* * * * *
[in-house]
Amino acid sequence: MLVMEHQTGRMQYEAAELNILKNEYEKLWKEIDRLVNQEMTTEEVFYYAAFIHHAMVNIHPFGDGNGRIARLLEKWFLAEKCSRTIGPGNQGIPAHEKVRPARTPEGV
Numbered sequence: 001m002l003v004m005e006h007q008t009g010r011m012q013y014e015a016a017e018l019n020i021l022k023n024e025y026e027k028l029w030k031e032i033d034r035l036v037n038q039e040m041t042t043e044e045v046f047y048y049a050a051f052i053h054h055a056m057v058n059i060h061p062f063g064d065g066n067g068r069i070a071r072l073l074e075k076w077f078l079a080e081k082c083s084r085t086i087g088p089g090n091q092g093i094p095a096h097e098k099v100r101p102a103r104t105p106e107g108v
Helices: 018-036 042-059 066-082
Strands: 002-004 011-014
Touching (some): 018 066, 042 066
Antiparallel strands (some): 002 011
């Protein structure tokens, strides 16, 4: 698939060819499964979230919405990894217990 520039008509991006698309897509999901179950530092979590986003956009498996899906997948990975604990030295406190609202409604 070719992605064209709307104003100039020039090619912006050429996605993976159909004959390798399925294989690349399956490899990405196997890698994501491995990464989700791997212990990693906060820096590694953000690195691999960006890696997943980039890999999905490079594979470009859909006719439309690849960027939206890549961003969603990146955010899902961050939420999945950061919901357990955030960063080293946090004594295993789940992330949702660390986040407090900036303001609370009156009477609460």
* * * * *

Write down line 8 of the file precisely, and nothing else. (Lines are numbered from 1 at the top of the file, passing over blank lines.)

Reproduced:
């Protein structure tokens, strides 16, 4: 698939060819499964979230919405990894217990 520039008509991006698309897509999901179950530092979590986003956009498996899906997948990975604990030295406190609202409604 070719992605064209709307104003100039020039090619912006050429996605993976159909004959390798399925294989690349399956490899990405196997890698994501491995990464989700791997212990990693906060820096590694953000690195691999960006890696997943980039890999999905490079594979470009859909006719439309690849960027939206890549961003969603990146955010899902961050939420999945950061919901357990955030960063080293946090004594295993789940992330949702660390986040407090900036303001609370009156009477609460």